Nick Kosar is back with his second Footiebusiness guest post.  Nick is a strategic marketing executive who was managing editor of Far East Traveler magazine in Tokyo before returning to the States to follow the newly inaugurated Major League Soccer. He’s still trying to figure out which J. League team to root for. Follow Nick on Twitter: @nakosar.  Nick’s firsts post can be found here.

Nick takes a long look at the soccer model in Japan and applies it to the States.  Now I am (repeatedly) on the record stating that pro/rel will never happen in the US, but Nick takes a good look at the success of that model in Japan along with an array of other initiates that have worked in the Land of the Rising Sun.  There are some parallels between US and Japan that are worth close examination.  Thanks again to Nick.

In the sporting universe, you can market players (e.g., Beckham, Henry, Wondo, DeRo), a team, or the sport itself. Of course, all three of these go hand in hand – they are part of a whole. But today I’ll focus on the strategic appeal and marketing of the sport itself:  Soccer in North America. And rather than pulling ideas from traditional soccer countries like England or Brazil, we’ll investigate from a different vantage point: Japan.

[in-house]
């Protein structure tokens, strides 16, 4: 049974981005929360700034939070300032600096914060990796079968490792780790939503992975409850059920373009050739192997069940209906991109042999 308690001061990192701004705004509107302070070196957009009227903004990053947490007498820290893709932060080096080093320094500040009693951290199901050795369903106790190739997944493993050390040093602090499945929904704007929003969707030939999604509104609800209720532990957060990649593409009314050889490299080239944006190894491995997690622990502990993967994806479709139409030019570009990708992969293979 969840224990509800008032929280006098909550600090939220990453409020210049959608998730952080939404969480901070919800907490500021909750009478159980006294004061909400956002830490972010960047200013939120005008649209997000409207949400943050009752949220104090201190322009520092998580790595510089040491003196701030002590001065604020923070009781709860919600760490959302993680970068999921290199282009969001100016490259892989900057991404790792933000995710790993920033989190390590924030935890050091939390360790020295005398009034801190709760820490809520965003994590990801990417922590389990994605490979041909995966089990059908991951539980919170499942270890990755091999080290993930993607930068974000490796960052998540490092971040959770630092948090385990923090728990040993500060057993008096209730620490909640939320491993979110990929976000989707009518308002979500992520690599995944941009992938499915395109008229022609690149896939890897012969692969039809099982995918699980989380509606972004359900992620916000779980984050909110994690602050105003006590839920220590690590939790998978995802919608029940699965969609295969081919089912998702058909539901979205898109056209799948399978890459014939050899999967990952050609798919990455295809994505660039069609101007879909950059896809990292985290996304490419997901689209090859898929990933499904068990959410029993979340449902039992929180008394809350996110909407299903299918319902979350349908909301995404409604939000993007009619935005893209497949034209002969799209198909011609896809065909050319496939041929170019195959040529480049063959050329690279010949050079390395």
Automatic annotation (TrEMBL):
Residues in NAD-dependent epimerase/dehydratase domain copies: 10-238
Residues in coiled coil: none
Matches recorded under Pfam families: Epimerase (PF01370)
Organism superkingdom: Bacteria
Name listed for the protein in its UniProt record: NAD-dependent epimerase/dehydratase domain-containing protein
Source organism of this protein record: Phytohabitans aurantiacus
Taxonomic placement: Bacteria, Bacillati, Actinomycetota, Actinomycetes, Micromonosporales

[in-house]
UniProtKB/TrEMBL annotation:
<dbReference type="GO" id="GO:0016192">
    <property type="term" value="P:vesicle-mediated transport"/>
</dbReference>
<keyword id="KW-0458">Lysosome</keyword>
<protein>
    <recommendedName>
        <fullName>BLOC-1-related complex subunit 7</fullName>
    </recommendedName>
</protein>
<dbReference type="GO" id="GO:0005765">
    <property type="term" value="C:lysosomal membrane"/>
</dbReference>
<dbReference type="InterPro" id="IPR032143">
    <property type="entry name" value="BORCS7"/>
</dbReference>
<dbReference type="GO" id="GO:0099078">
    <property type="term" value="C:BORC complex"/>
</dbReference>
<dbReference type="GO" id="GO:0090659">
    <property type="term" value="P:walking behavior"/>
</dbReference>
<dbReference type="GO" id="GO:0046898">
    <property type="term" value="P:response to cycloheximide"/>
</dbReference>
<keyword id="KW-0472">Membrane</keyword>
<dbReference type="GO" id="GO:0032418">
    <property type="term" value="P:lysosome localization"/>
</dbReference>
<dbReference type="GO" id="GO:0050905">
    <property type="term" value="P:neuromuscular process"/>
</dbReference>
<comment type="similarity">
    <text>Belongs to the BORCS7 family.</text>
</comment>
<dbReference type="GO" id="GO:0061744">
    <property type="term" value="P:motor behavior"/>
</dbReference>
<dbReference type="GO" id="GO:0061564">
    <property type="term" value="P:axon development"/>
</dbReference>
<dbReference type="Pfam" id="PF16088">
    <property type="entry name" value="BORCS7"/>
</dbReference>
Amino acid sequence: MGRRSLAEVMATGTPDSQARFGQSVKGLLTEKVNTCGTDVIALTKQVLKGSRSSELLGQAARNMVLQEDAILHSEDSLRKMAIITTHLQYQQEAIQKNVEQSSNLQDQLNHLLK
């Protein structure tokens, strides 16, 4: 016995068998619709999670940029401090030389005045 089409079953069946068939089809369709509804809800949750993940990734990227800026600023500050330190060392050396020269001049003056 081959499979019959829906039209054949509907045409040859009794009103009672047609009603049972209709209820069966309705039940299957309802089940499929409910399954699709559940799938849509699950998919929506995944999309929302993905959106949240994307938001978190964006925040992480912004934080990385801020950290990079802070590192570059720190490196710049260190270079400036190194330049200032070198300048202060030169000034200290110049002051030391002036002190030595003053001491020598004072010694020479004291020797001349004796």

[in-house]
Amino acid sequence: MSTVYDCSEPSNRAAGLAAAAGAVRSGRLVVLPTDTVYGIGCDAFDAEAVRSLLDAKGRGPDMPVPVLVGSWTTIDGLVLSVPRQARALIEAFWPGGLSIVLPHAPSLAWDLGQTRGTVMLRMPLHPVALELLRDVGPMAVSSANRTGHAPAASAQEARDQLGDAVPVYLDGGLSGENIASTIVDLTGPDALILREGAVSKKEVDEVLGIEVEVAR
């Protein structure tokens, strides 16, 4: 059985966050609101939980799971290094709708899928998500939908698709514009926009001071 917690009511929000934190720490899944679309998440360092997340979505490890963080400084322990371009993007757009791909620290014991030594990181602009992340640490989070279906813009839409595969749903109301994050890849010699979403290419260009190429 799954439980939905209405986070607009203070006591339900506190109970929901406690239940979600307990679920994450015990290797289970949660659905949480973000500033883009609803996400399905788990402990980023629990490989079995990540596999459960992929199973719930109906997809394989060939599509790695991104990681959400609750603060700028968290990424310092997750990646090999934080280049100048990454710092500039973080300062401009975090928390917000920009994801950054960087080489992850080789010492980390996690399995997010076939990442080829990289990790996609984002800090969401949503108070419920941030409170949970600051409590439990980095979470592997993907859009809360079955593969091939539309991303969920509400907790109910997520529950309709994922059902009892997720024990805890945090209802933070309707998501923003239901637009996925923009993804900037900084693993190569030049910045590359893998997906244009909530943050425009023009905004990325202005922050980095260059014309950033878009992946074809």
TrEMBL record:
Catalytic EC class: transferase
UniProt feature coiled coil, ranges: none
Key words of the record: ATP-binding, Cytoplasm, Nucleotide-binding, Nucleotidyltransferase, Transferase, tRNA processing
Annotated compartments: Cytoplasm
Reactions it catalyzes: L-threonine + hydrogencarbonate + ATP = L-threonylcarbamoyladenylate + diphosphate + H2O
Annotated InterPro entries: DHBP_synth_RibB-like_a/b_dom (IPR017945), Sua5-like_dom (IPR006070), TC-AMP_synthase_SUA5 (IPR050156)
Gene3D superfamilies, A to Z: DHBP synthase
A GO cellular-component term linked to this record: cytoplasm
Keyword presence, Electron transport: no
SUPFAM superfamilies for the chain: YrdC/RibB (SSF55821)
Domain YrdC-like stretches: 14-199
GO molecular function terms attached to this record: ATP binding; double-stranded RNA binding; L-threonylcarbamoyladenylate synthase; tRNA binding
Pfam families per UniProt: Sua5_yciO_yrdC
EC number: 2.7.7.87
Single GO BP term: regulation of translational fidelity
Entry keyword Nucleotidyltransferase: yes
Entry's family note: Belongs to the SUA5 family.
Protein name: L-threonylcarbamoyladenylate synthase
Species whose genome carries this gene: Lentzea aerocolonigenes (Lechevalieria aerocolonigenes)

Japanese and North American Soccer: The Similarities

Japan, like North America, received the game of soccer by the early 20th century. Like the United States with its baseball and growing love of (American) football a hundred years ago, Japan had its sumo and a growing fascination with yakyu, or baseball. By the end of the 20th century, Japan retooled its existing soccer system into a brand new league: the J. League.